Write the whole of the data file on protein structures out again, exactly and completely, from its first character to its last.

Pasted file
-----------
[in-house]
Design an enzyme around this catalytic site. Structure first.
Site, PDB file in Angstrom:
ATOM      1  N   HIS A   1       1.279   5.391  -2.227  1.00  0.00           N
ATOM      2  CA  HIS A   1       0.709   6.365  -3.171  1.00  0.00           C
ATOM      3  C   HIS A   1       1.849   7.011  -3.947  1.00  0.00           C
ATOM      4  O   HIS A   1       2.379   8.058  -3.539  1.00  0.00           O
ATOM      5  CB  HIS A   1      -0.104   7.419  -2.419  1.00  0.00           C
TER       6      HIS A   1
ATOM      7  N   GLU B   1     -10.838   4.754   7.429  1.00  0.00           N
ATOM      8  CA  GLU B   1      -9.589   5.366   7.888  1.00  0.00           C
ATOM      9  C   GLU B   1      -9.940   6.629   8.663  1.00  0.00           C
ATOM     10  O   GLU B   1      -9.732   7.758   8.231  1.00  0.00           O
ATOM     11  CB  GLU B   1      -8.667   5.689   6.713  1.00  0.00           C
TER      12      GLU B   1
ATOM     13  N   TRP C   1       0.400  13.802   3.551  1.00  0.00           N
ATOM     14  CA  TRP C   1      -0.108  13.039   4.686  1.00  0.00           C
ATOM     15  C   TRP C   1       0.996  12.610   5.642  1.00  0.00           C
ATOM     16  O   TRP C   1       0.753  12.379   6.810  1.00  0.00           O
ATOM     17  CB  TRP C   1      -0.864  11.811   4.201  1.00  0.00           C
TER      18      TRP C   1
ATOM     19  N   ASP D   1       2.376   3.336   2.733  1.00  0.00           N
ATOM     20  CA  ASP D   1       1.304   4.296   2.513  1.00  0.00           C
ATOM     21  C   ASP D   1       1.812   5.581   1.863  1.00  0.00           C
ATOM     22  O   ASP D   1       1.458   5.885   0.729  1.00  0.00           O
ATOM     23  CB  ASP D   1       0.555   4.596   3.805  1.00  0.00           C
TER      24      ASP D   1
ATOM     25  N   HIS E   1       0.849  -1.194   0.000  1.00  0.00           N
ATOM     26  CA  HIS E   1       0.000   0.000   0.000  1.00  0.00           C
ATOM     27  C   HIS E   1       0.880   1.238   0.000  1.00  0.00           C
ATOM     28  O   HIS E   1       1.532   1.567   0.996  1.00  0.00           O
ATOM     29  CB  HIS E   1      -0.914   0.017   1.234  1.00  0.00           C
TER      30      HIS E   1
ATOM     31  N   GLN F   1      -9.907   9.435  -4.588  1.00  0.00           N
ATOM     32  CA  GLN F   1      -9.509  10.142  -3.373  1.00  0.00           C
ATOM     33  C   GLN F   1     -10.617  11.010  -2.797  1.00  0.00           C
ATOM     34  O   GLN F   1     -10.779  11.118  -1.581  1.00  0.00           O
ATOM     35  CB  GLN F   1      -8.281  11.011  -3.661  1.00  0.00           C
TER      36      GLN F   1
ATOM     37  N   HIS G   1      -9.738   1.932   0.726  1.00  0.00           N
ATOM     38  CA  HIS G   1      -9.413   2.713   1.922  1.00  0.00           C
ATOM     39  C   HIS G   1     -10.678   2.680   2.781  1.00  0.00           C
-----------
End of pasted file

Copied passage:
[in-house]
Design an enzyme around this catalytic site. Structure first.
Site, PDB file in Angstrom:
ATOM      1  N   HIS A   1       1.279   5.391  -2.227  1.00  0.00           N
ATOM      2  CA  HIS A   1       0.709   6.365  -3.171  1.00  0.00           C
ATOM      3  C   HIS A   1       1.849   7.011  -3.947  1.00  0.00           C
ATOM      4  O   HIS A   1       2.379   8.058  -3.539  1.00  0.00           O
ATOM      5  CB  HIS A   1      -0.104   7.419  -2.419  1.00  0.00           C
TER       6      HIS A   1
ATOM      7  N   GLU B   1     -10.838   4.754   7.429  1.00  0.00           N
ATOM      8  CA  GLU B   1      -9.589   5.366   7.888  1.00  0.00           C
ATOM      9  C   GLU B   1      -9.940   6.629   8.663  1.00  0.00           C
ATOM     10  O   GLU B   1      -9.732   7.758   8.231  1.00  0.00           O
ATOM     11  CB  GLU B   1      -8.667   5.689   6.713  1.00  0.00           C
TER      12      GLU B   1
ATOM     13  N   TRP C   1       0.400  13.802   3.551  1.00  0.00           N
ATOM     14  CA  TRP C   1      -0.108  13.039   4.686  1.00  0.00           C
ATOM     15  C   TRP C   1       0.996  12.610   5.642  1.00  0.00           C
ATOM     16  O   TRP C   1       0.753  12.379   6.810  1.00  0.00           O
ATOM     17  CB  TRP C   1      -0.864  11.811   4.201  1.00  0.00           C
TER      18      TRP C   1
ATOM     19  N   ASP D   1       2.376   3.336   2.733  1.00  0.00           N
ATOM     20  CA  ASP D   1       1.304   4.296   2.513  1.00  0.00           C
ATOM     21  C   ASP D   1       1.812   5.581   1.863  1.00  0.00           C
ATOM     22  O   ASP D   1       1.458   5.885   0.729  1.00  0.00           O
ATOM     23  CB  ASP D   1       0.555   4.596   3.805  1.00  0.00           C
TER      24      ASP D   1
ATOM     25  N   HIS E   1       0.849  -1.194   0.000  1.00  0.00           N
ATOM     26  CA  HIS E   1       0.000   0.000   0.000  1.00  0.00           C
ATOM     27  C   HIS E   1       0.880   1.238   0.000  1.00  0.00           C
ATOM     28  O   HIS E   1       1.532   1.567   0.996  1.00  0.00           O
ATOM     29  CB  HIS E   1      -0.914   0.017   1.234  1.00  0.00           C
TER      30      HIS E   1
ATOM     31  N   GLN F   1      -9.907   9.435  -4.588  1.00  0.00           N
ATOM     32  CA  GLN F   1      -9.509  10.142  -3.373  1.00  0.00           C
ATOM     33  C   GLN F   1     -10.617  11.010  -2.797  1.00  0.00           C
ATOM     34  O   GLN F   1     -10.779  11.118  -1.581  1.00  0.00           O
ATOM     35  CB  GLN F   1      -8.281  11.011  -3.661  1.00  0.00           C
TER      36      GLN F   1
ATOM     37  N   HIS G   1      -9.738   1.932   0.726  1.00  0.00           N
ATOM     38  CA  HIS G   1      -9.413   2.713   1.922  1.00  0.00           C
ATOM     39  C   HIS G   1     -10.678   2.680   2.781  1.00  0.00           C